The International Agency for Research on Cancer (IARC) estimates that 17.0 million cancers were diagnosed in 2018, and 9.5 million cancer deaths occurred. Due to population growth and ageing, the global burden of cancer is expected to reach 27.5 million new cases and 16.3 million deaths by 2040. Due to a few factors, such as a sedentary lifestyle, inactivity, unhealthy diet, and fewer births in economically transitioning countries, the burden will likely be even greater in the future.

For example, a developing country like China, with a strong presence of the middle class, has access to high-quality health care. Yet, there is an increasing demand for trained radiologists to provide efficient patient care. At this juncture, it is interesting to see emerging technologies like Artificial Intelligence (AI) and Machine Learning (ML) are offering analytical inputs to meet emerging medical challenges.

Artificial intelligence & Radiologists working together in the future:

Although there are studies that claim the introduction of AI in radiology has caused a lot of unrest, stating that radiology is on its way out and that radiologists will no longer be in demand, there is no absolute truth in such statements. AI is like a navigation system in the car that helps the driver to notice traffic jams or alternate routes, but it does not occupy the driver's seat. It offersa support system. AI will not replace the radiologist; it will handle the many simple, repetitive tasks uninterrupted that radiologists currently have to spend their time on. And it would allow radiologists to free up more time for the things that matter, like being a true consultant to their colleagues in the hospital or inpatient/outpatient centres.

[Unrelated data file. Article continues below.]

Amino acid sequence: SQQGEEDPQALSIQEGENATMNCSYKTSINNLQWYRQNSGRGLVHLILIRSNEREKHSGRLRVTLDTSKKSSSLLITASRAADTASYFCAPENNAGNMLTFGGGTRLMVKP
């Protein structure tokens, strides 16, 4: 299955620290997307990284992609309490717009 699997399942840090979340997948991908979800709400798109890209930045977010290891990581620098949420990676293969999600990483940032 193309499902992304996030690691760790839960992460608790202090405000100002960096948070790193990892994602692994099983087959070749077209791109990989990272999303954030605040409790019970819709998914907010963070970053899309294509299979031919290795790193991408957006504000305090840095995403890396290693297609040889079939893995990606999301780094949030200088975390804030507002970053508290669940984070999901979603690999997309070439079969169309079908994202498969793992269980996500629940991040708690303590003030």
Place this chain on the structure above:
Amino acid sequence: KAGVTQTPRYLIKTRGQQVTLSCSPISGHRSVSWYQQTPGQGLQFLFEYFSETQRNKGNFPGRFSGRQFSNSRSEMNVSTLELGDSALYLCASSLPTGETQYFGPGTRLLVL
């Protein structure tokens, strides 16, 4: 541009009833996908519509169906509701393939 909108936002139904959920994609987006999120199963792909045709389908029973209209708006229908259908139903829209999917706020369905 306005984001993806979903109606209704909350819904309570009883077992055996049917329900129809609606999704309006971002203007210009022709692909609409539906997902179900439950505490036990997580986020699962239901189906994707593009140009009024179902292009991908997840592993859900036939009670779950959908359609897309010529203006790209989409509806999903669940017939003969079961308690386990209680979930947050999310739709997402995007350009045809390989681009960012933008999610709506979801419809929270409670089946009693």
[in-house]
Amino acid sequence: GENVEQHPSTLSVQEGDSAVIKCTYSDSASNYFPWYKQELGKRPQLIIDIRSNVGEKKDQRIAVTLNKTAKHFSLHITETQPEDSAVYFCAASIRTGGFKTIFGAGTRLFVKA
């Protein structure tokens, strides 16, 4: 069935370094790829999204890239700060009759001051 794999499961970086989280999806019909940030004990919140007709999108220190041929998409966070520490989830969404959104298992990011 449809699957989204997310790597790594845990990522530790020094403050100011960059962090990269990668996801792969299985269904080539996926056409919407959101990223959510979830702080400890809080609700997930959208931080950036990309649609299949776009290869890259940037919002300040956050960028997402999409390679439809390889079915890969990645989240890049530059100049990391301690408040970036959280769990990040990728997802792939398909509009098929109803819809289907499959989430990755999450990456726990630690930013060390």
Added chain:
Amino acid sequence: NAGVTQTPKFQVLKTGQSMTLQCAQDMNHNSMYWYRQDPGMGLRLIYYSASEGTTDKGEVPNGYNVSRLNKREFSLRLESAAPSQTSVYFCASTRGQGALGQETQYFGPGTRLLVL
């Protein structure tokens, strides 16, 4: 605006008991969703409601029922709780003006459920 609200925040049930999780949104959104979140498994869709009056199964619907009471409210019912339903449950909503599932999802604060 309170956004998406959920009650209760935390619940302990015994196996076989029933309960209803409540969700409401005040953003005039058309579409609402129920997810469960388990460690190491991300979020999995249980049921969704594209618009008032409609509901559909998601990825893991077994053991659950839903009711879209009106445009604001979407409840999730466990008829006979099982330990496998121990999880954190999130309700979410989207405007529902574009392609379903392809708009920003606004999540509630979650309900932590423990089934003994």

The bottom line:

Radiology as a field of research, therapeutic and diagnostic procedure is advancing beyond our ability to imagine. Therefore, an individual can't get complete command over the vast areas of radiology. Therefore, radiologists should restrict their focus in specializing a specific aspect of this field to advance medical research and patient care.

Radiologists need to additionally be clinicians and apprehend the medical features, natural history, and redress of the ailments they are requested to investigate. As a result, radiologists must sub-specialize to varying degrees depending on their working conditions to add value to the healthcare system. Radiologists must interact with interfacing with general practitioners and patients during the evenings and weekends to enhance their understanding of radiology. Many small and rural practices may benefit from teleradiology services. In addition, radiologists should be able to provide a comprehensive diagnostic and advisory service to patients prior to entering the secondary care system by managing the investigations of patients themselves. This will improve the efficiency of the referral process and the clinical effectiveness of the service.